ROCHESTER — Greetings of “happy new year” echoed through St. Anthony of Padua Church Jan. 29 as about 300 members of the parish’s Vietnamese Catholic Community celebrated Tet — the Vietnamese New Year — with well wishes, firm handshakes and Mass.
The celebration traditionally marks the end of the harvest season in Vietnam, said parishioner Andy Tran.
“In our country this is the end of the harvest and the hard work,” he said. “It is time to take a break.”
In Vietnam the New Year celebration lasts all week, and most businesses shut down during that time, he said. St. Anthony’s Vietnamese Catholic Community keeps Tet traditions alive by eating typical foods, exchanging small gifts and celebrating for one day.
While Tet is not a religious holiday, Tran said that for Vietnamese Catholics it is a tradition to attend Mass during the celebration.
On Jan. 29, large red banners with gold lettering flanked St. Anthony’s altar, and yellow and red flowers were displayed at the front of the church. A few women in attendance donned red and yellow or gold silk tunics, while the three men who presented the gifts wore blue silk robes with matching hats. Deacon Joseph Hoc Thai Nguyen explained that this is a traditional form of dress at all major Vietnamese cultural and religious celebrations.
Father John Bosco Tai Pham, CMC, the parish’s parochial vicar who also oversees Vietnamese ministry, led the congregation in its usual Sunday Mass in Vietnamese. Just before the Mass ended all the children were called forward to receive Li Xi, which is a gift of money for the new year.
“It is tradition,” Tran said. “The money brings luck and more wisdom. People believe that what happens on this day sets the framework for the whole year.”
Tran said that parents, grandparents, friends and neighbors give each other Li Xi on New Year’s Day.
“We don’t really have New Year’s resolutions. It’s all about the lucky money,” said Mary Nguyen, 14.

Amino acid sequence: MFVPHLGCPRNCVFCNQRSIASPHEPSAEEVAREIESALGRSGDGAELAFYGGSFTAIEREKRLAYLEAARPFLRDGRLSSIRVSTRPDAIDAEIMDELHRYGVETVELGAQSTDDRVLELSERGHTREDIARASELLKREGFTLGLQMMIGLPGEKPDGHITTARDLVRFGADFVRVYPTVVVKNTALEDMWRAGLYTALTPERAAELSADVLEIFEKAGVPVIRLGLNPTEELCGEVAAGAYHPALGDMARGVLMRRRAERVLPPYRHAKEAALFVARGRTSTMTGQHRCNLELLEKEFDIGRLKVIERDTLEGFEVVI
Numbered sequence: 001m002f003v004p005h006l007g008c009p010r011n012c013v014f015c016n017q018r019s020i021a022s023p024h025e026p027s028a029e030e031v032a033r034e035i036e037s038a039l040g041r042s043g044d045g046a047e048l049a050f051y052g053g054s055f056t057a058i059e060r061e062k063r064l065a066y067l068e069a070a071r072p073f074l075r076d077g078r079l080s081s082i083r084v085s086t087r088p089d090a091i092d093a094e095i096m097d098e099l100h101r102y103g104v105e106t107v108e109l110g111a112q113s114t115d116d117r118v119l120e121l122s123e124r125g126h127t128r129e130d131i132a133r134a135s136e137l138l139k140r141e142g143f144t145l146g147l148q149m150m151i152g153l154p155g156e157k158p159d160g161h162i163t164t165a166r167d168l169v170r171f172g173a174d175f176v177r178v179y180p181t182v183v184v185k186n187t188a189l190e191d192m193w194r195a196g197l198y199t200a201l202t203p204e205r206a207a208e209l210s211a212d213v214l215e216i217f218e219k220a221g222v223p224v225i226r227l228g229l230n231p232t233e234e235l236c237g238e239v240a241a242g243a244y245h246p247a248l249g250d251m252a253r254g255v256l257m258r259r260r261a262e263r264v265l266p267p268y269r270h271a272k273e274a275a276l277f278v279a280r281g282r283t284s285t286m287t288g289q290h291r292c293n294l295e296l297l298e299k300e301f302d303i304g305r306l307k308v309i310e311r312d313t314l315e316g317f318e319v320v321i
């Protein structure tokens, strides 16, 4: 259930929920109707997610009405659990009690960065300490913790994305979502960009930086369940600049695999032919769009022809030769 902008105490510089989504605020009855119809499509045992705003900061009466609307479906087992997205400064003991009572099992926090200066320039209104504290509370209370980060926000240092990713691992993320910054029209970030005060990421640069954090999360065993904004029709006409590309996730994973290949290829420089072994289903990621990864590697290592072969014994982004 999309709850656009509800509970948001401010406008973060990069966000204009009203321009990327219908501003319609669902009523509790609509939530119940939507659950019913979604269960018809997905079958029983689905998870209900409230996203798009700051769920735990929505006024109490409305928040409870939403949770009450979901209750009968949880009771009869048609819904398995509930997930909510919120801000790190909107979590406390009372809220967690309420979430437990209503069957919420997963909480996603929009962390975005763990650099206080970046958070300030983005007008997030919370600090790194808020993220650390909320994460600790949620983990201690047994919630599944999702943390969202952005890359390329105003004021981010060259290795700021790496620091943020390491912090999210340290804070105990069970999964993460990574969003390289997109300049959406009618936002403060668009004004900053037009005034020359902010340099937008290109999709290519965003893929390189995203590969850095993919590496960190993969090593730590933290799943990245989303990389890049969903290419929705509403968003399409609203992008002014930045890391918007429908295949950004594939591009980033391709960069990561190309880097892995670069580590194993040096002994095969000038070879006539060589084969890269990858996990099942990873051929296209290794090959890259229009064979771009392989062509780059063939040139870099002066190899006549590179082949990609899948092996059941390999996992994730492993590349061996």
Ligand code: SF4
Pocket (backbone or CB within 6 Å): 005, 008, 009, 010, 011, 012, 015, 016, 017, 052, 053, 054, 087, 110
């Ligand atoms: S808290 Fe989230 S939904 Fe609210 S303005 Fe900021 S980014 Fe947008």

Her friend, 14-year-old Anna Nguyen, added that at the end of New Year’s Day she could receive up to $100.
Money aside, Tet is a day for family and food, Tran noted, with families gathering together to eat a large meal and gamble.
“Gambling is a typical type of entertainment in Vietnam. You just try to get as much money from the other guy,” said Tran, adding that the holiday gambling is all in good fun.
After Mass, parishioners gathered together to enjoy many traditional Vietnamese foods, including banh chung, a typical New Year’s dish. Rice is a large focus of the agricultural harvest in Vietnam, Tran said, noting that the dish contains a sticky rice base and pork and is wrapped in banana leaves.
A game of trivia was also offered, with winners receiving prizes such as crosses and rosaries. A few brave parishioners also participated in karaoke, singing in Vietnamese.
Friends wished each other a happy new year before heading off to their respective homes and family get-togethers.
“At my age, this is great, to keep the tradition going,” said Thang Nguyen, who is former president of the parish’s Vietnamese Catholic Community. “We try to pass all the culture to the next generation.”
Not only does the community organize events for Vietnamese holidays and Catholic celebrations, it also offers its members free classes such as Vietnamese language classes for children and computer classes for adults and seniors, he said.
Tran said that volunteers also hold seminars for high-school students to help them apply for college and get financial aid. And professionals in the community reach out to college-age members to help them create their resumes and conduct mock job interviews.
The parish’s Vietnamese Catholic Community has about 200 families, mostly residents of the City of Rochester, Deacon Nguyen said. He noted that there are many more Vietnamese Catholics in the Rochester area, but they attend Mass at their local parishes.